When you purchase a life insurance policy, you must name the person, persons or entity (e.g. trust) that will receive the death benefit of your policy upon your death. The amount of unclaimed death benefits in the U.S. is staggering. In an article titled “How to Find Lost Life Insurance Policies” in the February issue of ConsumerReports.Org, it is estimated that at least one billion dollars of life insurance death benefits are waiting to be claimed by policy beneficiaries. We addressed the topic of unclaimed benefits in an earlier post, Will Your Life Insurance Benefits go Unclaimed?, so we won’t dwell on that aspect here.
What I do want to address, however, is how to prevent this from happening. The first way is to designate your beneficiary wisely. The purpose of a well-drafted beneficiary designation for a life insurance policy is to provide information that will allow both:
- A clear identification of the beneficiaries; and;
- Fulfillment of your intent with respect to how the death benefit will be paid.
And to make sure your beneficiaries won’t suffer the fate of the unclaimed benefits mentioned above, a clear, concise designation allows the insurance company to pay the claim settlement quicker than a designation that leaves room for interpretation.
It’s important that the beneficiary designation coordinate with your overall estate plan. Keep in mind that beneficiary designations usually supersede instructions in a Will as to how the benefit is to be distributed.
Bear in mind that major life changes might occur, such as the birth of a child, a divorce, the death of a beneficiary that could affect your original intent. This is why it is important to review beneficiary designations regularly with your agent/broker, hopefully in an annual policy review, and make sure they are still appropriate.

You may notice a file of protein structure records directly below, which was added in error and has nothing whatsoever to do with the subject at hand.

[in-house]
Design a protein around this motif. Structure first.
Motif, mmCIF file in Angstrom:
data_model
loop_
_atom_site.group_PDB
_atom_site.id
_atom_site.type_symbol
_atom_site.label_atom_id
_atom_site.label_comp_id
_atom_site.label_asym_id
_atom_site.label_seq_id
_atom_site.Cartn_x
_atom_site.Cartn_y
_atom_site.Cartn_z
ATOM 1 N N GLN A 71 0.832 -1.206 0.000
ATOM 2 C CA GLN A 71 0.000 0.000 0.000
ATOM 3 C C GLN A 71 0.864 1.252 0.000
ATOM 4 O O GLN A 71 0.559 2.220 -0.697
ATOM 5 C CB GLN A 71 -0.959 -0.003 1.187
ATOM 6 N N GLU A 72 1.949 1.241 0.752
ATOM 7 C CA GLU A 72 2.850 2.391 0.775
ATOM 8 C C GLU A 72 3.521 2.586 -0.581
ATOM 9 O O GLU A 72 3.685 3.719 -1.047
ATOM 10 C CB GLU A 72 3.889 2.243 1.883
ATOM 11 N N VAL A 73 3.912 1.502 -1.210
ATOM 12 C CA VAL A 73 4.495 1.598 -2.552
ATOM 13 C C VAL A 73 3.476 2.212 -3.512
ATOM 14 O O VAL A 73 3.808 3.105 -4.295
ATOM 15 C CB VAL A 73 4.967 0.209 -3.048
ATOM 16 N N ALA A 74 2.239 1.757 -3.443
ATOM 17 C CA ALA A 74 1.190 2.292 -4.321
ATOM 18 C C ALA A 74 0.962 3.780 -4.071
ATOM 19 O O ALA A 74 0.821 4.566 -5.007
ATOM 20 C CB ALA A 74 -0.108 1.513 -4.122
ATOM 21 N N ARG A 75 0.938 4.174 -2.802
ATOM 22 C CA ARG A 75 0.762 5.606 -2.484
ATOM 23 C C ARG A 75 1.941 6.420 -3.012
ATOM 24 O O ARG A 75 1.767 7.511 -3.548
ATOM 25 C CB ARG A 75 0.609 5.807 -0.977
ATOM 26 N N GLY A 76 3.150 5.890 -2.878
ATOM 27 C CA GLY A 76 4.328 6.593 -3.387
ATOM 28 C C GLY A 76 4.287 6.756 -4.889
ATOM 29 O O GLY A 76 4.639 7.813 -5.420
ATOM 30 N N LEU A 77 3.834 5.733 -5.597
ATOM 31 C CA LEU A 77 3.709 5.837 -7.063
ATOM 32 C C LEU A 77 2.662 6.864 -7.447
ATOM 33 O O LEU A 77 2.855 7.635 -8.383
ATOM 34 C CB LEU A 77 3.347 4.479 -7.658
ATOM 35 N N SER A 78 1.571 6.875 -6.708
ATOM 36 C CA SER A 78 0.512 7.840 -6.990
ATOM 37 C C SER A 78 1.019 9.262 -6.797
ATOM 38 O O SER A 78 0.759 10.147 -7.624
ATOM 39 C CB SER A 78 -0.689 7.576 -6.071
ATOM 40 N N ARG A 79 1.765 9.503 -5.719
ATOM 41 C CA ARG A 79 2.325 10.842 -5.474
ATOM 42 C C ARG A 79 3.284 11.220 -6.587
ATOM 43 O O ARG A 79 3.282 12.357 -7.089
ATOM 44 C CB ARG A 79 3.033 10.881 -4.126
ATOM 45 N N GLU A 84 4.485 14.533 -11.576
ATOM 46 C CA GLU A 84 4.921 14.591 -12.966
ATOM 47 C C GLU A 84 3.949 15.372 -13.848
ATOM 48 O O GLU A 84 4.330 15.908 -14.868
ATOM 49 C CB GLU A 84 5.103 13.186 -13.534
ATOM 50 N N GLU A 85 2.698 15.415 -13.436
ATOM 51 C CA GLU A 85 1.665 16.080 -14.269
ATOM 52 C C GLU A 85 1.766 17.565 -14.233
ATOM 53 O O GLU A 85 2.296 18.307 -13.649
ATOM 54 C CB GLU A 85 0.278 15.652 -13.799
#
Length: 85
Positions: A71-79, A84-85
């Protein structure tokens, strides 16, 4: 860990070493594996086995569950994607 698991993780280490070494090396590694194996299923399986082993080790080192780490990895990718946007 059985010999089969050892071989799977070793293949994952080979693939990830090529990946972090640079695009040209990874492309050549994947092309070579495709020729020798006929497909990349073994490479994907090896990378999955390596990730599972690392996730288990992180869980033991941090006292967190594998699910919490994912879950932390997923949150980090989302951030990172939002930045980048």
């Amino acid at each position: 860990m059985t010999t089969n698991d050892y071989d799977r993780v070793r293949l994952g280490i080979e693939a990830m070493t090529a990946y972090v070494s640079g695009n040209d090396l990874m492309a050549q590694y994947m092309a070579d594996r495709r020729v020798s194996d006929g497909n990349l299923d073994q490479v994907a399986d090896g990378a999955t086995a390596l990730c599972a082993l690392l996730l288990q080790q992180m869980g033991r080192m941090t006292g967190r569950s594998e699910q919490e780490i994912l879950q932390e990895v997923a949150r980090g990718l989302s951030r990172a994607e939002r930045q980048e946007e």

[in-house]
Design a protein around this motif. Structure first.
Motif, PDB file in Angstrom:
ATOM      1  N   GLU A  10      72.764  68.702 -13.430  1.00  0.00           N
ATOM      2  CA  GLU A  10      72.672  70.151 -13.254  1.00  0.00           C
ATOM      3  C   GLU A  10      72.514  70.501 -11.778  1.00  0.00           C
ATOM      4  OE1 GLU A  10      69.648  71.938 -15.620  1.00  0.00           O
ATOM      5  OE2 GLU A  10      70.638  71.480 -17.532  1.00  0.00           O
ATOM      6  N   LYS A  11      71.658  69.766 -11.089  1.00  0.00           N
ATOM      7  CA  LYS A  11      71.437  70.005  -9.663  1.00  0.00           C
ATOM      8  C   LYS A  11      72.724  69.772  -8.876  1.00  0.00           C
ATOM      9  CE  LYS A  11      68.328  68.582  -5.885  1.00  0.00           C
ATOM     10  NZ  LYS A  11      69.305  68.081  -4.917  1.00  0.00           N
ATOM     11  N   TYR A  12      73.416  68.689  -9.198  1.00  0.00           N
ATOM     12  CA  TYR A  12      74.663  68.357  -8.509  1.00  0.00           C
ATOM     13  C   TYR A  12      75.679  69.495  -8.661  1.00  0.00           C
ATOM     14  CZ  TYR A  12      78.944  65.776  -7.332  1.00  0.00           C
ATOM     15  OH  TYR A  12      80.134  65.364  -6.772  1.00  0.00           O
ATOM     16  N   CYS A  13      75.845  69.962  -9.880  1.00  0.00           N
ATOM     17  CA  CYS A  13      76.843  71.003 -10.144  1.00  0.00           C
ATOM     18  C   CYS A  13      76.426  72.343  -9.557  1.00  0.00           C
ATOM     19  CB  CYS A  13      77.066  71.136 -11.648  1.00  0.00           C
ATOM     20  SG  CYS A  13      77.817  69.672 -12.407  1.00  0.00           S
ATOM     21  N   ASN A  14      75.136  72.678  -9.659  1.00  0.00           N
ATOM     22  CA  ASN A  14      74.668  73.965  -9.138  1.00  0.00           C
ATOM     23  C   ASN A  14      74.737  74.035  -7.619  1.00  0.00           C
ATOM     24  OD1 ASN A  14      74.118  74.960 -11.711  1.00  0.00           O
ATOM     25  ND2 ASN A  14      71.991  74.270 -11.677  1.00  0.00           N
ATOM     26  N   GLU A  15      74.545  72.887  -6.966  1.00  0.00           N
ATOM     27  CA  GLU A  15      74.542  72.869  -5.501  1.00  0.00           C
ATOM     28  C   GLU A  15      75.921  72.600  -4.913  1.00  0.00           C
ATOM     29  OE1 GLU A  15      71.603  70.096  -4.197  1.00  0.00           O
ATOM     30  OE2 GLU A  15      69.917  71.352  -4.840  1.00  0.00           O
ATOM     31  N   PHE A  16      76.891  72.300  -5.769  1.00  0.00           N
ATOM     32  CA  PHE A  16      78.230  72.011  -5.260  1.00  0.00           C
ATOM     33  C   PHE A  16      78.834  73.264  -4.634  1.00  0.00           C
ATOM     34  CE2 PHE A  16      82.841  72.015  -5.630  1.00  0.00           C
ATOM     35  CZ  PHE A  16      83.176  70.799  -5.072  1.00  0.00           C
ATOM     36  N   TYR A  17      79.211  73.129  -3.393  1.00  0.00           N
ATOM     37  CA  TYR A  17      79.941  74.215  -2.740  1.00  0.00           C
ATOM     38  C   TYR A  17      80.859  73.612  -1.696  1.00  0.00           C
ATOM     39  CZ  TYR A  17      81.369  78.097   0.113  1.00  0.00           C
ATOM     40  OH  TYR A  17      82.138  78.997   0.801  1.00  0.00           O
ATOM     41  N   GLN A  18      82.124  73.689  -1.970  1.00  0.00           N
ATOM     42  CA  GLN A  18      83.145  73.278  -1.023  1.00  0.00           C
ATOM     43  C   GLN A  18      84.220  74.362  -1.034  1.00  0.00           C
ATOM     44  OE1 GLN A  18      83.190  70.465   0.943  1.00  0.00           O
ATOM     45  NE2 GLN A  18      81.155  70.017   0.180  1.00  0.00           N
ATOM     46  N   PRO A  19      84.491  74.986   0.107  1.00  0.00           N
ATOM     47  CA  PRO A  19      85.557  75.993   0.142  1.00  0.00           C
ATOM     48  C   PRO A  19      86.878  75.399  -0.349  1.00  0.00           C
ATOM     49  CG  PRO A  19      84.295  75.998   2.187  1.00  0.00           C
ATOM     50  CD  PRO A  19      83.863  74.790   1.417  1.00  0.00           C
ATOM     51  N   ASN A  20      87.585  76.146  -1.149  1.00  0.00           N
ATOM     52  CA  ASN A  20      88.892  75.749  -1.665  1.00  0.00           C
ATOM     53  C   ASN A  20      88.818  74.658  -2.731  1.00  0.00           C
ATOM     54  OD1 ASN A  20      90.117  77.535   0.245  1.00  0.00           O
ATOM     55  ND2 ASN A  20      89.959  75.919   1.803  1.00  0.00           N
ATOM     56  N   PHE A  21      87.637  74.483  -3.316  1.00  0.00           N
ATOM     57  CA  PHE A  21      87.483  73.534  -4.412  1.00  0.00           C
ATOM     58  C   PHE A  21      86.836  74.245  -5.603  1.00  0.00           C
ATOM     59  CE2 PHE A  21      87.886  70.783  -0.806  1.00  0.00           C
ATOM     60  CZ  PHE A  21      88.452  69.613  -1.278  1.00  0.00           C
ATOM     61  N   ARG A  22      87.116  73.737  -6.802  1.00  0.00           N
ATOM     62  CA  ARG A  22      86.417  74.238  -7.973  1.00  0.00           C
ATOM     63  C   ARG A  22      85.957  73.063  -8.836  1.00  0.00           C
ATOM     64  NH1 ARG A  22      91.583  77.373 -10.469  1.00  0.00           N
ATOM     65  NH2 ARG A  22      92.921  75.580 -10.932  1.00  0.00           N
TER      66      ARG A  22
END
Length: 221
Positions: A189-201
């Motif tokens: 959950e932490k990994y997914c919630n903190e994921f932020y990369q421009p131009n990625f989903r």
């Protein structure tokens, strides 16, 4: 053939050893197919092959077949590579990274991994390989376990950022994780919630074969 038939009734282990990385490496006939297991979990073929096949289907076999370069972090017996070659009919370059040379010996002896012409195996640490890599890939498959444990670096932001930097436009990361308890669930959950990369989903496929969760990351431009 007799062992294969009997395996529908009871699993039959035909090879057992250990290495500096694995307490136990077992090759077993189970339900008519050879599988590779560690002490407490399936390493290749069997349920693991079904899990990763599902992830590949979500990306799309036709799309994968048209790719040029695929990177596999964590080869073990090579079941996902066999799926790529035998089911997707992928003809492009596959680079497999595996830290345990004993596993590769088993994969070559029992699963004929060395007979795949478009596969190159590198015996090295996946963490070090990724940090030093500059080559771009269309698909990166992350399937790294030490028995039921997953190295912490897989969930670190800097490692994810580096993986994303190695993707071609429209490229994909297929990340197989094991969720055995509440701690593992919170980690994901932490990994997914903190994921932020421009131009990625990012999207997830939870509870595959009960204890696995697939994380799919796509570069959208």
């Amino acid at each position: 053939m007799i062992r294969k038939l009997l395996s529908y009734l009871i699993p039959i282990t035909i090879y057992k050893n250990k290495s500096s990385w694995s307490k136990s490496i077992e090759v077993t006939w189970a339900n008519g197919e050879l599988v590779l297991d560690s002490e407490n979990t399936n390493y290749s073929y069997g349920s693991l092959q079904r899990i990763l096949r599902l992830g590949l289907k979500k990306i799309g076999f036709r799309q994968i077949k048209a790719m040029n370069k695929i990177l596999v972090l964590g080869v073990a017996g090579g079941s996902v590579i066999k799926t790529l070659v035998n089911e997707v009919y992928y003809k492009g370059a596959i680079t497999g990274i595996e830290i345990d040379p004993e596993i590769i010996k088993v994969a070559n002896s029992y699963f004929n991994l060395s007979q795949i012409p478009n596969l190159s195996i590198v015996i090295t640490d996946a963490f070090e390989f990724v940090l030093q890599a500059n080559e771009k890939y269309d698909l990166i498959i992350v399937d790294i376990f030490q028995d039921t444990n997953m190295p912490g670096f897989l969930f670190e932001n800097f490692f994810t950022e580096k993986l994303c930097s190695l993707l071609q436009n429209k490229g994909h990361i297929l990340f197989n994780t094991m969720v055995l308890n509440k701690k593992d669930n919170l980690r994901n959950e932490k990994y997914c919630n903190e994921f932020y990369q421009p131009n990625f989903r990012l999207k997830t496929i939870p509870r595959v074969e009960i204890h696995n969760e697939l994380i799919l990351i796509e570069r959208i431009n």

Remember the following tips for naming beneficiaries:
- Include both the name and identifying information of the beneficiary, such as their relationship, last four digits of their social security number, date of birth and address. Some states require that the life insurance companies also ask for this information when making changes to the beneficiaries. There is a great deal of scrutiny insurance companies are facing for their ability to “find” beneficiaries of life insurance policies.
- When naming multiple beneficiaries and their shares are unequal, use percentages or fractions. Do not use dollar amounts.
- Children may be named individually or a part of a class. For example, “All children of the insured living at the time of the insured’s death, equally or to the survivors.” Make sure the designation allows for adopted children or stepchildren, if appropriate.
- When naming a trust, provide the full name of the trust, the date the trust was enacted, including month, day and year and the name of the current trustee(s). A full copy of the trust document will be requested at the time of the change.
So, name your beneficiaries wisely to ensure that life insurance policy you purchase will serve the purpose you intended – to pay a benefit to those you leave behind.